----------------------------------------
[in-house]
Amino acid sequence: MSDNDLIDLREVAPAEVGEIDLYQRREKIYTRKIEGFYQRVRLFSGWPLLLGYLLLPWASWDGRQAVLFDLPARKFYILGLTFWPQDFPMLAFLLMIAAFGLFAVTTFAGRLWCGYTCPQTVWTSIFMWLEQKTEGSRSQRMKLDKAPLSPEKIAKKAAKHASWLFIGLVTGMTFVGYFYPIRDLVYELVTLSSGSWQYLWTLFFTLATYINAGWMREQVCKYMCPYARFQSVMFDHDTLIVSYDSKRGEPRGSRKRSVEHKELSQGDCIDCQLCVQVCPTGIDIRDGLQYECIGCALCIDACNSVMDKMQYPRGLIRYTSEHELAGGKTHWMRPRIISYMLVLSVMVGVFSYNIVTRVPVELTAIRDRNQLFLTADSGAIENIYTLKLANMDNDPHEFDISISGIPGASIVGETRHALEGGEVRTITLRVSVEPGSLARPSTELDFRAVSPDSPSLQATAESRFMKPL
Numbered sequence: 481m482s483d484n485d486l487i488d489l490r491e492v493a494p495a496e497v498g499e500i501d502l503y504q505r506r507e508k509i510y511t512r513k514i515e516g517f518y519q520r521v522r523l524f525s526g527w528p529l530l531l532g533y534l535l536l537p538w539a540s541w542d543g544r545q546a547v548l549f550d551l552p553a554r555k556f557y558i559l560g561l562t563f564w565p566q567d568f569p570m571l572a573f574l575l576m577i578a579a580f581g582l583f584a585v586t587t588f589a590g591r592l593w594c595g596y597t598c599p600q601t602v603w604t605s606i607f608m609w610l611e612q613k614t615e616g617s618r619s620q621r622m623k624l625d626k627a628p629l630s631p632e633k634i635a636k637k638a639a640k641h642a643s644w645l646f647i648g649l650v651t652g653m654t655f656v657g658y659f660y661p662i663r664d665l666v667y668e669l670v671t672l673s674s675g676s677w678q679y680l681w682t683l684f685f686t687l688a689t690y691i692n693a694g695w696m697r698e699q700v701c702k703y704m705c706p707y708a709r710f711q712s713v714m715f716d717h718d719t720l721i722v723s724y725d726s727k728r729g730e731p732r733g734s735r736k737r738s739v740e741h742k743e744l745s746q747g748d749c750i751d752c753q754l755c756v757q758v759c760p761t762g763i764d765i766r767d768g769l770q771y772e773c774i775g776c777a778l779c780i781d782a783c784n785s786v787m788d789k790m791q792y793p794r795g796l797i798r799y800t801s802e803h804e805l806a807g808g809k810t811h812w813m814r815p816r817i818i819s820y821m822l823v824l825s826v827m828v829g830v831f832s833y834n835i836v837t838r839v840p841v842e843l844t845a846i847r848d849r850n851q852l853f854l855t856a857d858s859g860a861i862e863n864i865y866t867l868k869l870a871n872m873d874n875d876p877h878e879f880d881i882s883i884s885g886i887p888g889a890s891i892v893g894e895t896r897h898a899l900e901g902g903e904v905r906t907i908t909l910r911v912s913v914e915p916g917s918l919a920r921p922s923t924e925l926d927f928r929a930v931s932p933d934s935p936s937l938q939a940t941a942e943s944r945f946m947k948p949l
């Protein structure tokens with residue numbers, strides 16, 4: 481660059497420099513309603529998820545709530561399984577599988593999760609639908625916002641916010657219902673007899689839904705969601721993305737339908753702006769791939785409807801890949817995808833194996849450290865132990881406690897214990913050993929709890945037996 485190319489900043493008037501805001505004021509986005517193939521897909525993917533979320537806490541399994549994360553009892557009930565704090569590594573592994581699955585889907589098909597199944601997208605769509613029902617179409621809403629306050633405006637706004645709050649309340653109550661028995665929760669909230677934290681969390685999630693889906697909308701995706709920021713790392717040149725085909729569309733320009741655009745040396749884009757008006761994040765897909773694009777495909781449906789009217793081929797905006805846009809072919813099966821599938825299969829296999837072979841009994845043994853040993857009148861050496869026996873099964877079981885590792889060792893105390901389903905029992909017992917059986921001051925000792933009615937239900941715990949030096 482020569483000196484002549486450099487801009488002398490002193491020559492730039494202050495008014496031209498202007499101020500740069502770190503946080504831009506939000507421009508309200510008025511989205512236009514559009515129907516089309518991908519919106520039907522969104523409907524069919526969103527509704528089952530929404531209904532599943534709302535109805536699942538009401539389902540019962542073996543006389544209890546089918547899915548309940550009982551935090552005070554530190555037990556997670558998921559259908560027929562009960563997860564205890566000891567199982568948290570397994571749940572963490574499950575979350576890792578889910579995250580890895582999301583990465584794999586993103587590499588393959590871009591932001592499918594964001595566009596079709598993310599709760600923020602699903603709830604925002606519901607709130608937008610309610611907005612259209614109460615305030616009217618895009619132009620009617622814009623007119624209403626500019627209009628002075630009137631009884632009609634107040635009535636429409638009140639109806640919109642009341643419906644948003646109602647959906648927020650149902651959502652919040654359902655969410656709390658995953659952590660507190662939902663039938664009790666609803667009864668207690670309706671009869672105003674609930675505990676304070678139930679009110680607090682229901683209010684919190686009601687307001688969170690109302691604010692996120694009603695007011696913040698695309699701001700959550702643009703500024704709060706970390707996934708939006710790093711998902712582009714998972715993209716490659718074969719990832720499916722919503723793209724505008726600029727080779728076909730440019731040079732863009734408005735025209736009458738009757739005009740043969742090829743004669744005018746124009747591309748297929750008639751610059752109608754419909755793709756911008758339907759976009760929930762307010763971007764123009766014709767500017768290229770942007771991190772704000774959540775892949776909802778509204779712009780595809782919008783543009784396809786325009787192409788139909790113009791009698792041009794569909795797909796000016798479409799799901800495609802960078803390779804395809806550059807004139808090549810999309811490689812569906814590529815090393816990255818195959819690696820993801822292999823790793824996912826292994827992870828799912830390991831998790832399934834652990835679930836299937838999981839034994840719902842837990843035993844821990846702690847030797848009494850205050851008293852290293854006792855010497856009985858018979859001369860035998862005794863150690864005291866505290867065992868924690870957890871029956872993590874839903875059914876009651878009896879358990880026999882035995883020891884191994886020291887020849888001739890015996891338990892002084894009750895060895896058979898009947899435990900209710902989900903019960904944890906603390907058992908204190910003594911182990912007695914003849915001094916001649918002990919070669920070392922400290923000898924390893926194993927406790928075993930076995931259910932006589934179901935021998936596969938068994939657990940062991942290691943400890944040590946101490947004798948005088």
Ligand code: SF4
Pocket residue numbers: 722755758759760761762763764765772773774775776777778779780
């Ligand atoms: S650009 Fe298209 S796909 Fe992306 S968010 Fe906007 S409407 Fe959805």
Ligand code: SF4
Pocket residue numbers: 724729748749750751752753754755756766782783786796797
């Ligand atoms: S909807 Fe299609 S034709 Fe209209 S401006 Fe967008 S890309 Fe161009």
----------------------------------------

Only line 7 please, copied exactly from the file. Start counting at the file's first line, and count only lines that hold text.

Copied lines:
């Ligand atoms: S650009 Fe298209 S796909 Fe992306 S968010 Fe906007 S409407 Fe959805």